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Homework Help: At what times are the velocity and acceleration perpendicular?

  1. Aug 20, 2013 #1
    1. The problem statement, all variables and given/known data

    The coordinates of the particle is given by:

    x(t)=(1.2 m/s)t

    a) At what times is the particle's velocity perpendicular to its acceleration
    b) At what times is the particle's speed instantaneously not changing (I get that the acceleration is zero).
    c) At what times is the particle's position perpendicular to its velocity.
    d) What is the particle's minimum distance from the origin.

    2. Relevant equations

    r=xi+yj (i and j are the corresponding unit vectors)

    3. The attempt at a solution

    I tried to differentiate the particle position r with respect to time getting velocity, and then taking the derivative of the velocity with respect to time getting acceleration.
    When I had the acceleration as function of time, I got: a=(-2*0.5 m/s2)j. But how can I then solve for t, when it is not in the equation? What have I done wrong? Please help me with all the questions.
  2. jcsd
  3. Aug 20, 2013 #2


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    j is the y-direction? Okay.
    So now you can insert the requirement "acceleration is orthogonal to the velocity". If the acceleration points in y-direction, which direction do you need for the velocity?
    This will lead to an equation with time inside.
  4. Aug 20, 2013 #3


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    For part a, use the dot product. For part b, think about centripetal acceleration, the speed can be constant even though there is acceleration. The condition you want is, the velocity and acceleration are orthogonal (perpendicular with the addition that the zero vector is orthogonal to every vector). The rest I'll leave to you.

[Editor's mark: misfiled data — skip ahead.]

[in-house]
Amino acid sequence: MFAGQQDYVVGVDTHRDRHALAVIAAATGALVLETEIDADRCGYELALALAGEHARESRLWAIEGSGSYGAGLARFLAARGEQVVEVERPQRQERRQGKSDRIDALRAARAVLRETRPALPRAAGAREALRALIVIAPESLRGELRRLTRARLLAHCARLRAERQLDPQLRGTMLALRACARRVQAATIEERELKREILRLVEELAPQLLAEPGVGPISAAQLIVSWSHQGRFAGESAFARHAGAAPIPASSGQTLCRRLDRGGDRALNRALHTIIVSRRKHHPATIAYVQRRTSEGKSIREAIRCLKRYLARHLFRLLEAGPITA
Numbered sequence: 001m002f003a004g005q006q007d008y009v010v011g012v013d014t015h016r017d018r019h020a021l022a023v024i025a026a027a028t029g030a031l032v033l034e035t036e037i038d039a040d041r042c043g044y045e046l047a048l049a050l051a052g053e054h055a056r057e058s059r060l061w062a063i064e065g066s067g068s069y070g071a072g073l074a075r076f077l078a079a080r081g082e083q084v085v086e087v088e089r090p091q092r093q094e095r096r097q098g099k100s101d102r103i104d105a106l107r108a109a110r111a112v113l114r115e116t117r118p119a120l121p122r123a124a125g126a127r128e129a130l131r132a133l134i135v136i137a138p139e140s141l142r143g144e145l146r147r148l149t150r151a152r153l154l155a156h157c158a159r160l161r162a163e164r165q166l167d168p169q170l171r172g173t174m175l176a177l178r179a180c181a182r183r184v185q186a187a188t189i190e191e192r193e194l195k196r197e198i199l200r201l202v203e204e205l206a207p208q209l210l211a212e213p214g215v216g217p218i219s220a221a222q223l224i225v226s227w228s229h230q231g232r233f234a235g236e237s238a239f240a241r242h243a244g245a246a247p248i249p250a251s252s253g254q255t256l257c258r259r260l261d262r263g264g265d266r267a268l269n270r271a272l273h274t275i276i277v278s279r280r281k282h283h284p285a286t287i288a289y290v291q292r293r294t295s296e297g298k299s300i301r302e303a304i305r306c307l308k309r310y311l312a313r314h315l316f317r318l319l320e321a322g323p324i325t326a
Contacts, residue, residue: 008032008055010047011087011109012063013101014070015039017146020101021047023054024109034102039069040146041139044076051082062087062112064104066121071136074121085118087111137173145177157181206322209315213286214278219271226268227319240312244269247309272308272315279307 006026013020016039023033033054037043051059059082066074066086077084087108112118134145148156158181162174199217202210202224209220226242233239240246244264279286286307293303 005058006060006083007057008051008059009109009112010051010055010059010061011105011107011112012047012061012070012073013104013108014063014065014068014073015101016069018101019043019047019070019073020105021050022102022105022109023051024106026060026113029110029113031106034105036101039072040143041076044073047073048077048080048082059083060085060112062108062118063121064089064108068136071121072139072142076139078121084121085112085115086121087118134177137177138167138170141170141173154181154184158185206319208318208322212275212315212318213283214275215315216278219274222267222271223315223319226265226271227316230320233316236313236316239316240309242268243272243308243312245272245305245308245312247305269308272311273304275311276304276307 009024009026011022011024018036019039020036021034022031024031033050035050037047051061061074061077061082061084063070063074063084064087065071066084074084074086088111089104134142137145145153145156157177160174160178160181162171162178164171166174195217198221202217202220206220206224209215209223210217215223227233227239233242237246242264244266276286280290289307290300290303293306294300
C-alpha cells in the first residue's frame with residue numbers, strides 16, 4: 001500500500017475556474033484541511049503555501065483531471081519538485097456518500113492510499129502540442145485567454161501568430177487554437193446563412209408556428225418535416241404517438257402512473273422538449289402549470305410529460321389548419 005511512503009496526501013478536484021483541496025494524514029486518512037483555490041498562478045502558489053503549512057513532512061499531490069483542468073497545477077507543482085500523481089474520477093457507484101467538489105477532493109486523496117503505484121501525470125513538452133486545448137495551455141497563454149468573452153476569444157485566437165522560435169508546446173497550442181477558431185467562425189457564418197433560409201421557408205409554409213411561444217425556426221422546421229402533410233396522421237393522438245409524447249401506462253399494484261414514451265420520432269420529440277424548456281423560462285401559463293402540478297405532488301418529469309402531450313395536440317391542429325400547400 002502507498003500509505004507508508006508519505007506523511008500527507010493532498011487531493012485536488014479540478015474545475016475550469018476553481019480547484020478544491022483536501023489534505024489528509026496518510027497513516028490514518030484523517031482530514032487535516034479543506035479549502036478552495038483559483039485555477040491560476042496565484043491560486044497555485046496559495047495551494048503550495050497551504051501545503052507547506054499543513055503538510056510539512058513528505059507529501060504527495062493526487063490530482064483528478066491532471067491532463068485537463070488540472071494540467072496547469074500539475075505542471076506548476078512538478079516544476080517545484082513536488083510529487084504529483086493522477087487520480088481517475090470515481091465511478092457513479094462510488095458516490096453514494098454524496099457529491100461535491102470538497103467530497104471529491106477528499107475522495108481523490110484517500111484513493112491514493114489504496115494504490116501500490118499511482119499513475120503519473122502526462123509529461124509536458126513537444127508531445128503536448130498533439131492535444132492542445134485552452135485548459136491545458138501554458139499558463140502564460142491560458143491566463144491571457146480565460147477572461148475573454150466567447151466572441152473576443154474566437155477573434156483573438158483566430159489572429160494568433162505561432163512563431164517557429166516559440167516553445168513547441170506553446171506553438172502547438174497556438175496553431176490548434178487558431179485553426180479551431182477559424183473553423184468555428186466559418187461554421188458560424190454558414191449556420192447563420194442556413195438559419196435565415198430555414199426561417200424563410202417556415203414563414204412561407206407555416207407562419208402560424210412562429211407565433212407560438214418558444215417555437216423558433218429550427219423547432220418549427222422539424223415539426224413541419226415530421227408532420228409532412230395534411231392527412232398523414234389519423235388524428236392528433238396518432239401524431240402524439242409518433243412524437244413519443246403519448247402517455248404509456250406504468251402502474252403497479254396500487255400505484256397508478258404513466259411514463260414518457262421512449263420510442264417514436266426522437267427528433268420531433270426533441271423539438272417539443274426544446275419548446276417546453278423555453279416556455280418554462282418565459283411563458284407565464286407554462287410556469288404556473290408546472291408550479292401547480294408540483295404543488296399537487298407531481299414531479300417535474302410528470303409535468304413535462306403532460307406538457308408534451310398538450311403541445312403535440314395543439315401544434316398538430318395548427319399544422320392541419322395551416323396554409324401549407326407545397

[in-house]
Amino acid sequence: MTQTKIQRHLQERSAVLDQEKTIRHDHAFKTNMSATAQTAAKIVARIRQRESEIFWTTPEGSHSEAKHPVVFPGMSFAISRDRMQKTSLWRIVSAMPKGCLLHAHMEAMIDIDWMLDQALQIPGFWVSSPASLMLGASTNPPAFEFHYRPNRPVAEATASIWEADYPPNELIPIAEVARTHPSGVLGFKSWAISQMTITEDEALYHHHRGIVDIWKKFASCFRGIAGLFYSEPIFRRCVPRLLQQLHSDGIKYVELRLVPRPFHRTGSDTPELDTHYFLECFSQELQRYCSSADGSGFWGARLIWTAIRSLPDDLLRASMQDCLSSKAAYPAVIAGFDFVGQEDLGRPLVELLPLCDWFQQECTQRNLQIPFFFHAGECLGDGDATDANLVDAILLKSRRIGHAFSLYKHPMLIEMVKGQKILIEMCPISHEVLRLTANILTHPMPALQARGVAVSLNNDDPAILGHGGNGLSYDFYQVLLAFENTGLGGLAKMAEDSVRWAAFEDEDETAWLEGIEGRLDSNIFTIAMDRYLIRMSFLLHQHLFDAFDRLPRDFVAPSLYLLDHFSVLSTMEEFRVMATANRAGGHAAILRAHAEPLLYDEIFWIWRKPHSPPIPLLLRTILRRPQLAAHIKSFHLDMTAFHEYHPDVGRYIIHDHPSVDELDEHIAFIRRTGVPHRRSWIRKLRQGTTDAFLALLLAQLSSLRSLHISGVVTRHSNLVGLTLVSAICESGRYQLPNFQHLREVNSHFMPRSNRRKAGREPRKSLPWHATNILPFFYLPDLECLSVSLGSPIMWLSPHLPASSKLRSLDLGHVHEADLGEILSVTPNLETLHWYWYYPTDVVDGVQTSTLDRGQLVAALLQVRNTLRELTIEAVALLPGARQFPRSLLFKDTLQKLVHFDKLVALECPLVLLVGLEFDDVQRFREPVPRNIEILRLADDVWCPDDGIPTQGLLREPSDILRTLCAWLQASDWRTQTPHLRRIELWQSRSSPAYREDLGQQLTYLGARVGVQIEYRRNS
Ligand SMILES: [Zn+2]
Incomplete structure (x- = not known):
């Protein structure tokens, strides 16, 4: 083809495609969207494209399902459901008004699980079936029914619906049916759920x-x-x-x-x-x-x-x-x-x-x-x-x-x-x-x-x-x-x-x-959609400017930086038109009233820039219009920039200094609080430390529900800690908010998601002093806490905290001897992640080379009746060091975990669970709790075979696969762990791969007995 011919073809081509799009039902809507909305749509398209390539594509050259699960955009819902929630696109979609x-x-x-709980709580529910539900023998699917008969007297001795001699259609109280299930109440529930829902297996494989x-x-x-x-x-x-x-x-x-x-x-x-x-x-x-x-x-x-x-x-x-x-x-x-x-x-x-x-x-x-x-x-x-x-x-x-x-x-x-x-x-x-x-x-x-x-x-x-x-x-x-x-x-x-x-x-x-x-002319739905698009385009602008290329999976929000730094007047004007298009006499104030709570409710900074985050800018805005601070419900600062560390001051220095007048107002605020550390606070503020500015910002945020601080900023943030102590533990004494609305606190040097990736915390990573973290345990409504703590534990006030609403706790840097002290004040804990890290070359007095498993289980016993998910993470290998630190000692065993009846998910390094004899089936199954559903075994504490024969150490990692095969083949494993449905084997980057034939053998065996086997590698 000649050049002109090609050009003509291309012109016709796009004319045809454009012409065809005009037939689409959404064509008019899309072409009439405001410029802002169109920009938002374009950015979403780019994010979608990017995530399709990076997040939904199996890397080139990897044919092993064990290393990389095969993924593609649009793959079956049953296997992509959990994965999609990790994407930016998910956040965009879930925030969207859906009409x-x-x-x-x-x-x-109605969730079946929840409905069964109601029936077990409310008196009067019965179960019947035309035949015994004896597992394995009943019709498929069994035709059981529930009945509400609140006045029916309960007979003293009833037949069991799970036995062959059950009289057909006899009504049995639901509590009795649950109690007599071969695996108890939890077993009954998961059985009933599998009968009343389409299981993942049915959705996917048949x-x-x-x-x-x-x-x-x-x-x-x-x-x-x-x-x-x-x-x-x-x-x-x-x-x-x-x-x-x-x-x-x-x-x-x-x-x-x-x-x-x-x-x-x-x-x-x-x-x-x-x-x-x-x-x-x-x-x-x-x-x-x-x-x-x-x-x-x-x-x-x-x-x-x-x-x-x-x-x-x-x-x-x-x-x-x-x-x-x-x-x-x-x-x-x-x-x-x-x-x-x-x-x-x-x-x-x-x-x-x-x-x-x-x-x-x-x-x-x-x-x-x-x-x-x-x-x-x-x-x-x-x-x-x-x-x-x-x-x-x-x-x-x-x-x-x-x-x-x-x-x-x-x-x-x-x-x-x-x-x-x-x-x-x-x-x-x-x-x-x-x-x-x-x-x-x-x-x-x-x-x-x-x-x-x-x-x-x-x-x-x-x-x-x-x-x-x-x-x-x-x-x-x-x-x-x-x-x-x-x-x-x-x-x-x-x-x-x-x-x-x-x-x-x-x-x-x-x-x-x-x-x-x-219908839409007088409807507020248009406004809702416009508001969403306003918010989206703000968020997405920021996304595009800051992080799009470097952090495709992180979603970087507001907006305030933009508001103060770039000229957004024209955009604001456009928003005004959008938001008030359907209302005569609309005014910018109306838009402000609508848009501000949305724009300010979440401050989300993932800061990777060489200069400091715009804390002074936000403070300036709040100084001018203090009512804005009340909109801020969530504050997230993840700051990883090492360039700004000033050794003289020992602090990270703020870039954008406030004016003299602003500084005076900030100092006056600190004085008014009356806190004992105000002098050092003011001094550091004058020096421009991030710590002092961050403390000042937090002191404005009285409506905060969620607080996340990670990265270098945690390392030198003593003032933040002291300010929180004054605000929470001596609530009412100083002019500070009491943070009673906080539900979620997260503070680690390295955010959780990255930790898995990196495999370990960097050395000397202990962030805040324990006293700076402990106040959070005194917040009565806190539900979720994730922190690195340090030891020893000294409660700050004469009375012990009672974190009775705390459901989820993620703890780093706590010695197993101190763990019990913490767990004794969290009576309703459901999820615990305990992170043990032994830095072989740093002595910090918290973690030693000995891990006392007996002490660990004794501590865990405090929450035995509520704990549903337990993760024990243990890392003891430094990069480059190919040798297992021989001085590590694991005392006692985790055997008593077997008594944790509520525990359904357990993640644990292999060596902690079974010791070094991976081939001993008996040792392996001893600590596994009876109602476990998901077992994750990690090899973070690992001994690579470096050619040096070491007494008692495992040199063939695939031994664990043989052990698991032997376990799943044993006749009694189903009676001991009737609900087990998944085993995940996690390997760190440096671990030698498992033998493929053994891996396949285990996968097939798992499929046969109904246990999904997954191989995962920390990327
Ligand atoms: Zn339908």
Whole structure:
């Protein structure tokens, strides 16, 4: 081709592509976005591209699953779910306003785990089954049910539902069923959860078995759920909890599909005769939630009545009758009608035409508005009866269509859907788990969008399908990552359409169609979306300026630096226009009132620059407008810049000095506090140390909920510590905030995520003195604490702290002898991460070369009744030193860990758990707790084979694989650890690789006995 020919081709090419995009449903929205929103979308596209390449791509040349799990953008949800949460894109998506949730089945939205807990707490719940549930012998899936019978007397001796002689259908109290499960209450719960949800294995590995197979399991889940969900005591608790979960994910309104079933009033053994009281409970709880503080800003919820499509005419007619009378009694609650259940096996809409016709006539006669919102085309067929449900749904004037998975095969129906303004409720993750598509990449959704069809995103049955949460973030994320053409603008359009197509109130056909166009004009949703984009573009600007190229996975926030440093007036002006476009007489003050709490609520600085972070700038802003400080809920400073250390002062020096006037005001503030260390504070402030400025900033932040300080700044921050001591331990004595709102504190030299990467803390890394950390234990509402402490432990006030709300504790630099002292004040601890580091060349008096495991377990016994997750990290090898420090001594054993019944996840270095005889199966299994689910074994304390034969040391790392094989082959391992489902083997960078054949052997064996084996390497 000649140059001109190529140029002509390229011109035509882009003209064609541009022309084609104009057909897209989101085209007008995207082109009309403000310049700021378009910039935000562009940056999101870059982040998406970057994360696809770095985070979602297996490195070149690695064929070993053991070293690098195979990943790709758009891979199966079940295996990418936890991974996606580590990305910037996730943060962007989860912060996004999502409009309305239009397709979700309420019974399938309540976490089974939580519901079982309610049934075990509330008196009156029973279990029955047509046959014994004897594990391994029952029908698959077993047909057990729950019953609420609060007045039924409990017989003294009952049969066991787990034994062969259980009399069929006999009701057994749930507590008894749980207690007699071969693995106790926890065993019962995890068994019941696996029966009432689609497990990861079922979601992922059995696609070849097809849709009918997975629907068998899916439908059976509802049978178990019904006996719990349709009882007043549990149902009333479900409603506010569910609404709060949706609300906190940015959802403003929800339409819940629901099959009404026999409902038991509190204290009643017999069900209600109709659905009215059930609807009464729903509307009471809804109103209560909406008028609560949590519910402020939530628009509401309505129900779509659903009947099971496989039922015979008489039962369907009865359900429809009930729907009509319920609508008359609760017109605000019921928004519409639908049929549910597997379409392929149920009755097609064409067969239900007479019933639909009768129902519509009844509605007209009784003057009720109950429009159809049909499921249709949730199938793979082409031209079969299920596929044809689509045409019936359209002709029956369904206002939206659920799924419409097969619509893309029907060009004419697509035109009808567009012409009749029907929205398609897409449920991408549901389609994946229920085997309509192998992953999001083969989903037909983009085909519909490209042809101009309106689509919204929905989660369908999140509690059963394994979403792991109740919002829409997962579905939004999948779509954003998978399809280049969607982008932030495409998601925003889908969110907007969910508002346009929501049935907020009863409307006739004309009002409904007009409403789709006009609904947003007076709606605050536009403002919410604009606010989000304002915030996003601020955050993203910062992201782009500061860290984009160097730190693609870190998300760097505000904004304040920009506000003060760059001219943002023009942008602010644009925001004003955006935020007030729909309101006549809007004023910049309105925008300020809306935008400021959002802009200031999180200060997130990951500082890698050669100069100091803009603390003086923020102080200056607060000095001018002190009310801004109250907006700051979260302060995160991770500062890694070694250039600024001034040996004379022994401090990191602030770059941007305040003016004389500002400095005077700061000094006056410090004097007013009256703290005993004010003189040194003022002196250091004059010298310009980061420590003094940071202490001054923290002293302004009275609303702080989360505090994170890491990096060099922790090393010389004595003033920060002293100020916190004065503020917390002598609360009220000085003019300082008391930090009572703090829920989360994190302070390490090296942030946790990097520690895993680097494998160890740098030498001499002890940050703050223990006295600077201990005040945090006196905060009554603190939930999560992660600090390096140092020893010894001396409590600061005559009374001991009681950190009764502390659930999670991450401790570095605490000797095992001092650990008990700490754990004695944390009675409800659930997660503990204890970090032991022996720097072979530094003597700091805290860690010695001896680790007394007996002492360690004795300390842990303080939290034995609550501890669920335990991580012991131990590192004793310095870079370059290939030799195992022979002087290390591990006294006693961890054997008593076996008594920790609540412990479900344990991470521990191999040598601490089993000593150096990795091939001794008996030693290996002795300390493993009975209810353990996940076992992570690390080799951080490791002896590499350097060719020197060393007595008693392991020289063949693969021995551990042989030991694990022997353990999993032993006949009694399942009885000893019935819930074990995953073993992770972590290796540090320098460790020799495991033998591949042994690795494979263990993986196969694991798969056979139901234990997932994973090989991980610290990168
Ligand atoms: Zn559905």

Got beat by mfb but I think both replies are useful.
  5. Aug 20, 2013 #4


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    Are you unable to simplify -2*.05? Just asking..

    So the object has constant, nonzero, acceleration. There is no time t where the acceleration is zero, so that's why you can't make it work.

    If you want help on the other parts, you need so show your work and explain where you are stuck.
  6. Aug 20, 2013 #5

    Ray Vickson

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    Never, never include units like that in your equations; just write
    x(t) = 1.2*t and y(t) = 15 -.5*t2 (in m/sec). For example, if you tried to submit your equations---exactly as written---to a computer algebra package, the computer would choke, or else would severely misinterpret your formulas.
  7. Aug 20, 2013 #6


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    Some books teach that as a way to catch errors, it seems. Mistakes in calculations are pernicious, so it may be a useful investment of time in tests where one is usually under stress anyway.
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